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Tube carriages remain packed as politicians row over service levels

A senior nurse described his Wednesday morning commute as ‘unsafe and not fair’.

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London Underground carriages remain packed despite the coronavirus pandemic (Yui Mok/PA)

London Underground carriages remain packed despite the coronavirus pandemic (Yui Mok/PA)

London Underground carriages remain packed despite the coronavirus pandemic (Yui Mok/PA)

London Underground carriages remain crowded despite the coronavirus pandemic amid a row between the Government and Mayor Sadiq Khan over service levels.

Health Secretary Matt Hancock has claimed there is “no good reason” why timetables have been cut to the extent they have.

But Mr Khan’s spokesman insisted ministers were told “countless times” that Tube frequencies reflect high levels of staff sickness and self-isolation.

There aren't enough driversLondon Mayor Sadiq Khan

Shortly before 7am on Wednesday, a senior nurse named Danny posted on Twitter: “Another busy tube. Can we not stagger people’s start times so we aren’t all squashed on the same tube! This is unsafe and not fair!”

Barry Trimble, who said his work involves ensuring cancer patients receive chemotherapy, posted: “The Tube is packed, with social distancing impossible. We need more people to stay at home and more trains running in morning and evening peak.”

The Tube is operating at around 50% of its normal capacity during peak times, leading to images of packed carriages being posted on social media.

The Victoria and Jubilee lines were among those which were overcrowded on Wednesday.

Transport for London has pledged to “continue to run as much of a Tube service as we possibly can”.

On Tuesday, Mr Hancock said: “Transport for London should have the Tube running in full so that people travelling on the Tube are spaced out and can be further apart – obeying the two-metre rule wherever possible.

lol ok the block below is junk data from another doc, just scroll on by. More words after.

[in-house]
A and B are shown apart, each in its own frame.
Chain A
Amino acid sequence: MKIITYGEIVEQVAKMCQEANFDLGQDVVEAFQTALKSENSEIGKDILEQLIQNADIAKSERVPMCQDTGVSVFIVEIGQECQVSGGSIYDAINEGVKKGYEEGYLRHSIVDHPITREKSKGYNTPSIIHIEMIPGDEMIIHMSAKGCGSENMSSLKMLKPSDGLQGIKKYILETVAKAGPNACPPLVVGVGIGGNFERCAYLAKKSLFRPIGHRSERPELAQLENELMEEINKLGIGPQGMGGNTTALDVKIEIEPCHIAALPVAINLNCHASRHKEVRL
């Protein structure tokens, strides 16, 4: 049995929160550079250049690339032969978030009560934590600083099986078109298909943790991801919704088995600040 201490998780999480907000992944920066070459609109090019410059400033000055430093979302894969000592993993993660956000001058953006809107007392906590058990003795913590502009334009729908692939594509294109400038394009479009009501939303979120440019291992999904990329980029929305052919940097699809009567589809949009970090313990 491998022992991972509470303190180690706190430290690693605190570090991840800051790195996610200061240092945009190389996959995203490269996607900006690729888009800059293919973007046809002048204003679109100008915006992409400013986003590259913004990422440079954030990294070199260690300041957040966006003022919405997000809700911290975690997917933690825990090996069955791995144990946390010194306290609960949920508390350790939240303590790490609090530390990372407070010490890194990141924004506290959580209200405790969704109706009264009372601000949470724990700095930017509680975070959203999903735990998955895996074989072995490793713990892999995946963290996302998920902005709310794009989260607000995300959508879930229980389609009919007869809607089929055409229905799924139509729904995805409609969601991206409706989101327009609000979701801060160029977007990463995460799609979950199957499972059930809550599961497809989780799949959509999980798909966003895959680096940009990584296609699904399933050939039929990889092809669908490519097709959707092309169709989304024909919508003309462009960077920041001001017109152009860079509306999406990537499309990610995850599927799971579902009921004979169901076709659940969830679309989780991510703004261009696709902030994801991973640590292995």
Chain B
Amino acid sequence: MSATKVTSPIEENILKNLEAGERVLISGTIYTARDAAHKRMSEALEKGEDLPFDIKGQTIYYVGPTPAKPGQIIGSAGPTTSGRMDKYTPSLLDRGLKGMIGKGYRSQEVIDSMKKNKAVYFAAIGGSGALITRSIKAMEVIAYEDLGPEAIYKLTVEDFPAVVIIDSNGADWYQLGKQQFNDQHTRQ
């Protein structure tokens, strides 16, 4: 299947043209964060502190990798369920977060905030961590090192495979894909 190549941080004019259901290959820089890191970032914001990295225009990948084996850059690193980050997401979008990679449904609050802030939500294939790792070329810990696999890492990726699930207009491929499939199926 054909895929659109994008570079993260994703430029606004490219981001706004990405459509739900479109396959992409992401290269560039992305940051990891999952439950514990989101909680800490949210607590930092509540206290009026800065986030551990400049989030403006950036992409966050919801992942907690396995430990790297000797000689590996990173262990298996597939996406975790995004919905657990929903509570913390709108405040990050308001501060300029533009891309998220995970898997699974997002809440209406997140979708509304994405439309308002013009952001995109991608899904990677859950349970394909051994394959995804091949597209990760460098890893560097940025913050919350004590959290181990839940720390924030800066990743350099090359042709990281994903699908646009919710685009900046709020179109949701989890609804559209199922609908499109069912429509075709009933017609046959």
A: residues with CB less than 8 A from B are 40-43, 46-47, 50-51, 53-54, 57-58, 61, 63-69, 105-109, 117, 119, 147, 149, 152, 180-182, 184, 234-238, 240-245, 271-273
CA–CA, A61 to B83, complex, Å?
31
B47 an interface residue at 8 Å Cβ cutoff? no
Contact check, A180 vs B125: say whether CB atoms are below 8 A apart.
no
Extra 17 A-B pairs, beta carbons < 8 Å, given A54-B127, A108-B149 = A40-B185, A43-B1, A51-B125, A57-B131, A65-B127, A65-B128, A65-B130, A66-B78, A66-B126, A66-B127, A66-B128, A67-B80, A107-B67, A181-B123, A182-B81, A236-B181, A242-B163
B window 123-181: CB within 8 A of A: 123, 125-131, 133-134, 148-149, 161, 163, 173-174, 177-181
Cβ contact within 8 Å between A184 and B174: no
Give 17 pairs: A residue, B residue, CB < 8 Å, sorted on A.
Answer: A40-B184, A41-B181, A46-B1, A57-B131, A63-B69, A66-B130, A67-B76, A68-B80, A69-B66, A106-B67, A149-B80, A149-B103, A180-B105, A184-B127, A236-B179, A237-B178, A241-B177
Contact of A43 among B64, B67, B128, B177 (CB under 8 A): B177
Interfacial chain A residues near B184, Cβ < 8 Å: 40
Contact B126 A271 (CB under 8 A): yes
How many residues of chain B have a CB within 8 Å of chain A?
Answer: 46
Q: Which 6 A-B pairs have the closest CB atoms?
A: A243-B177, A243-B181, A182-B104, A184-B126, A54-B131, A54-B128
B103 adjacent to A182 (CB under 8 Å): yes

“And there is no good reason in the information that I’ve seen that the current levels of Tube provision should be as low as they are. We should have more Tube trains running.”

In response, Mr Khan’s spokesman said nearly a third of staff are absent, which means “there aren’t enough drivers and control staff” to run a full service.

He accused ministers of not taking “difficult decisions” to ban non-essential construction work and provide “proper financial support” so that freelancers, the self-employed and those on zero-hours contracts stay at home rather than use public transport.

Manuel Cortes, general secretary of transport union TSSA, demanded that the Government ban working on all building sites unless it is vital to protect health and safety and make sure workers are given the financial package they need.

He added: “It looks as though the Tories are prepared to defend the interests of building companies who’ve made huge donations to their coffers, rather than protect the lives of ordinary Londoners and Tube staff.”

Finn Brennan, a district organiser for train drivers’ union Aslef, commented: “We don’t need more trains on London Underground, we need fewer passengers.

“It is disgraceful that the Government puts key workers’ lives at risk by refusing to close other non-essential workplaces.”

Five hundred British Transport Police officers patrolled Britain’s mainline rail network on Tuesday to remind passengers that only essential travel is permitted after the UK was placed under lockdown.

PA